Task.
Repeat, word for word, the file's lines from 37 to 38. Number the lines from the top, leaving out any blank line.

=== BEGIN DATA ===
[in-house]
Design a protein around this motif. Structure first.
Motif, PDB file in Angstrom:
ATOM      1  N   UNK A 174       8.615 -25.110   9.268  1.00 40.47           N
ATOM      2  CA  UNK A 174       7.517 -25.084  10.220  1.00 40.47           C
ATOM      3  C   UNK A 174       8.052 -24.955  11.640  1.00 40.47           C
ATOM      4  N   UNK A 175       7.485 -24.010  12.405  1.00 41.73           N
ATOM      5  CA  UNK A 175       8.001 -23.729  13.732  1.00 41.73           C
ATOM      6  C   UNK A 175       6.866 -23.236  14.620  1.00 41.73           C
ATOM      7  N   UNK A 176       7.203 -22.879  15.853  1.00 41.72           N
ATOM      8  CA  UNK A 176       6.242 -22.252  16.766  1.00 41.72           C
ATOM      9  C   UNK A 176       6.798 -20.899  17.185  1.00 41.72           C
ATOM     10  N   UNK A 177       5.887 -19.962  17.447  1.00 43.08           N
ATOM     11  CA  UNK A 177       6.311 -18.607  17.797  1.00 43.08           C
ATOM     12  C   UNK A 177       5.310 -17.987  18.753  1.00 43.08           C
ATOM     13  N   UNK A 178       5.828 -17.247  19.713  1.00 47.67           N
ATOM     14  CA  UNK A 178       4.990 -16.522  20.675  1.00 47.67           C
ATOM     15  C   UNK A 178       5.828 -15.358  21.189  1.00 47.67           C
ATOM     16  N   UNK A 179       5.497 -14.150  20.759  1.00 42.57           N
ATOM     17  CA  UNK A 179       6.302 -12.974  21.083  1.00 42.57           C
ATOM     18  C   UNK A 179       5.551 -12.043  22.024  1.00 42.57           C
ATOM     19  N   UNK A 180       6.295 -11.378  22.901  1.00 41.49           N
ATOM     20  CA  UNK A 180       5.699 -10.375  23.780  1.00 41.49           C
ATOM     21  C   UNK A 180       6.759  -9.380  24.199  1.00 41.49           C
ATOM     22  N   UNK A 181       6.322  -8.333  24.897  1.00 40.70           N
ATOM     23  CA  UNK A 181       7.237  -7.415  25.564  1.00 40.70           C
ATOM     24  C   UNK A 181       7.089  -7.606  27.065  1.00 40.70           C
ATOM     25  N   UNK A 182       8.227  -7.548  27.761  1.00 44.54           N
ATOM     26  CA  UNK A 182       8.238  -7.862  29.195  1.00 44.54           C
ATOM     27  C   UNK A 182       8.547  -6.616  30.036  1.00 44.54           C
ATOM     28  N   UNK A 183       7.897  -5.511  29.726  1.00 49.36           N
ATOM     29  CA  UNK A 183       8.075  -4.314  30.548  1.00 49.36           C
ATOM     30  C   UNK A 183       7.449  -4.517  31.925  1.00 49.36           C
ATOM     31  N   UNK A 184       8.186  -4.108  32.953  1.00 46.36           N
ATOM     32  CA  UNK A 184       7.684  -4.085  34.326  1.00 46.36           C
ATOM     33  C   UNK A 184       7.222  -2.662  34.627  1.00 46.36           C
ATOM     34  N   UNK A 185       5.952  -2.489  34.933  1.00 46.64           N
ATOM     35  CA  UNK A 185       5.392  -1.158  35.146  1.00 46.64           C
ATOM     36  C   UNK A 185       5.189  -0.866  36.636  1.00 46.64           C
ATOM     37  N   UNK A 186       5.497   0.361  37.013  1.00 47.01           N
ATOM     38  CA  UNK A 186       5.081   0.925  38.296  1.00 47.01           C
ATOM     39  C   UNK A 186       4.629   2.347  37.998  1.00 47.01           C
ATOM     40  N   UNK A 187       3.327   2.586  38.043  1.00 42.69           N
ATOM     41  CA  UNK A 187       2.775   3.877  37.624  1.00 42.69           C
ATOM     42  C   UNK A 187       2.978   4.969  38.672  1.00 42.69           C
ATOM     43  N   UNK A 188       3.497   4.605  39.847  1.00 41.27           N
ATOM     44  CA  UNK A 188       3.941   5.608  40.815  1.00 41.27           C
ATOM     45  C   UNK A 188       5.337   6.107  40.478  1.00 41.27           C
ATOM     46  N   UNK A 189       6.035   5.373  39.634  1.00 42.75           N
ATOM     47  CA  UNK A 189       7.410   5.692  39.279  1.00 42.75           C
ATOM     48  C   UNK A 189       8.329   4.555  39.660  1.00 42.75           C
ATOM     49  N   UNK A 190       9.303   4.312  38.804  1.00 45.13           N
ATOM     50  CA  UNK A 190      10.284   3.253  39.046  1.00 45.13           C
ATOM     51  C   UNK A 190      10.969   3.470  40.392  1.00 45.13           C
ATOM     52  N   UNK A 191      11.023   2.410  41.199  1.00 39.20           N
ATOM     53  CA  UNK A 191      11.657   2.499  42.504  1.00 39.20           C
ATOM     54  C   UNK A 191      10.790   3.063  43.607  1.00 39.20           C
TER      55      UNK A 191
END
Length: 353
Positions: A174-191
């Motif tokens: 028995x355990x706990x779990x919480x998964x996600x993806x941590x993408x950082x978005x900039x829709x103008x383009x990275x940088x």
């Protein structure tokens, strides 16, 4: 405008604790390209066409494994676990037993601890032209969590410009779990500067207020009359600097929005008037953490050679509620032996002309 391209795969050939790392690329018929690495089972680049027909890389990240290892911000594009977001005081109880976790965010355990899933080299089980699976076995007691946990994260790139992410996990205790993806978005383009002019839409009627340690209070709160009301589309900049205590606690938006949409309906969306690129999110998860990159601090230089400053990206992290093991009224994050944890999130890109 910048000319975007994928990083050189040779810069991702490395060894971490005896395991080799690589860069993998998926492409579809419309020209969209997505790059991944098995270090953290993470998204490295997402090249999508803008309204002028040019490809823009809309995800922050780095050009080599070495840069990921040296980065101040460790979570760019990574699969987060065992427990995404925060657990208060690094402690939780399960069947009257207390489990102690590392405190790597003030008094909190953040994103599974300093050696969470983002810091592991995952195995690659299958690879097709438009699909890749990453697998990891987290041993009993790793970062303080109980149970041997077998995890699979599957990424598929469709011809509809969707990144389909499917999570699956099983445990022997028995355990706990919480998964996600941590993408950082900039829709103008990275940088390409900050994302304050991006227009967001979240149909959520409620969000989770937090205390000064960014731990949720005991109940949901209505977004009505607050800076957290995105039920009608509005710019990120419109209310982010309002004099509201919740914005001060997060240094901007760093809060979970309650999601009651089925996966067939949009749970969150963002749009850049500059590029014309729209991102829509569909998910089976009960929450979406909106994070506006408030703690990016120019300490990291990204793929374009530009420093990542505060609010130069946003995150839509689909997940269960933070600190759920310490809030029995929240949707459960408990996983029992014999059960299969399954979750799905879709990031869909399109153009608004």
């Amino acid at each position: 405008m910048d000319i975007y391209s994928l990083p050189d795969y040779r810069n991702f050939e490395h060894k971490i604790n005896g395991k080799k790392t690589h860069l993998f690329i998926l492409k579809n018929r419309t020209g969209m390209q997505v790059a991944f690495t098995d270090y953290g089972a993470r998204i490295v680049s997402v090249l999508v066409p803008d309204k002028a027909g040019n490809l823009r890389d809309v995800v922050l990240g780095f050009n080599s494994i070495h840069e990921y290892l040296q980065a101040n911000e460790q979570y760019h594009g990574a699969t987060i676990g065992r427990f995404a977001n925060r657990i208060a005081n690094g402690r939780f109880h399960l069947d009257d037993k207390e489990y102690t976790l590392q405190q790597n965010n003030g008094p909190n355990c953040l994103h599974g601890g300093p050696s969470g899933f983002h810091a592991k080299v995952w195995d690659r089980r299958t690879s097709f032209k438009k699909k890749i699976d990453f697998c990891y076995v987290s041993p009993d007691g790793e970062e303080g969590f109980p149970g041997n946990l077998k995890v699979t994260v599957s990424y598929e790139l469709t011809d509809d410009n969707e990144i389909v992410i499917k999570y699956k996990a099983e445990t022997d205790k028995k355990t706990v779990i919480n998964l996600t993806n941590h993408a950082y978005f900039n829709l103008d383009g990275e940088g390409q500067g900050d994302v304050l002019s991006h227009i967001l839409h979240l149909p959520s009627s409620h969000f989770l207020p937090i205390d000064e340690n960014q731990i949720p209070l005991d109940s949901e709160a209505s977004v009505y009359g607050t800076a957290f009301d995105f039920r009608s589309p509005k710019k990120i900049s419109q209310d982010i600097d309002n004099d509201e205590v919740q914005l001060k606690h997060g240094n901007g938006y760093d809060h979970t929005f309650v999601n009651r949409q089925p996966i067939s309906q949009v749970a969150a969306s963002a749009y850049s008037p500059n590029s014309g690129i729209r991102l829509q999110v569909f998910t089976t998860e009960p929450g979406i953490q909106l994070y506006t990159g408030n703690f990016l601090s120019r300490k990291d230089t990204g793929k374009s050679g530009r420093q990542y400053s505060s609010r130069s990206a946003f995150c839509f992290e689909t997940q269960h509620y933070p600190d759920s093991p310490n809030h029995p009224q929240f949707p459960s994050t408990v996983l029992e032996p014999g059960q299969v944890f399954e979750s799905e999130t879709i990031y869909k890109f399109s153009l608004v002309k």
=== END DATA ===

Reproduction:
ATOM     34  N   UNK A 185       5.952  -2.489  34.933  1.00 46.64           N
ATOM     35  CA  UNK A 185       5.392  -1.158  35.146  1.00 46.64           C